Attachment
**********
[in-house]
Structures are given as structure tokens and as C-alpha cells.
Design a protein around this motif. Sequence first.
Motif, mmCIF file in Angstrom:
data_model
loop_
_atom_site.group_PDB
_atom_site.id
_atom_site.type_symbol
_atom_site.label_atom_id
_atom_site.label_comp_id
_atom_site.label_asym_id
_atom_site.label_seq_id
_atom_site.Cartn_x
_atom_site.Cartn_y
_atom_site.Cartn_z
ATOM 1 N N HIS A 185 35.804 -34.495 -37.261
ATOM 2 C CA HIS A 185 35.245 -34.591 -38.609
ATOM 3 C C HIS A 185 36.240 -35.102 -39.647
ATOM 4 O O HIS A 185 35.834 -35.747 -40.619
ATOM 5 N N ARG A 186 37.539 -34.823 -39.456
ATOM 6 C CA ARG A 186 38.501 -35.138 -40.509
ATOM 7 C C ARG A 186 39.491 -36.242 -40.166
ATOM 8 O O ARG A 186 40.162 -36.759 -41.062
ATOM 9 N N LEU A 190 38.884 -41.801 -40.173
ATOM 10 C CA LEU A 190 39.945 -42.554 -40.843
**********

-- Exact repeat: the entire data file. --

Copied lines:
[in-house]
Structures are given as structure tokens and as C-alpha cells.
Design a protein around this motif. Sequence first.
Motif, mmCIF file in Angstrom:
data_model
loop_
_atom_site.group_PDB
_atom_site.id
_atom_site.type_symbol
_atom_site.label_atom_id
_atom_site.label_comp_id
_atom_site.label_asym_id
_atom_site.label_seq_id
_atom_site.Cartn_x
_atom_site.Cartn_y
_atom_site.Cartn_z
ATOM 1 N N HIS A 185 35.804 -34.495 -37.261
ATOM 2 C CA HIS A 185 35.245 -34.591 -38.609
ATOM 3 C C HIS A 185 36.240 -35.102 -39.647
ATOM 4 O O HIS A 185 35.834 -35.747 -40.619
ATOM 5 N N ARG A 186 37.539 -34.823 -39.456
ATOM 6 C CA ARG A 186 38.501 -35.138 -40.509
ATOM 7 C C ARG A 186 39.491 -36.242 -40.166
ATOM 8 O O ARG A 186 40.162 -36.759 -41.062
ATOM 9 N N LEU A 190 38.884 -41.801 -40.173
ATOM 10 C CA LEU A 190 39.945 -42.554 -40.843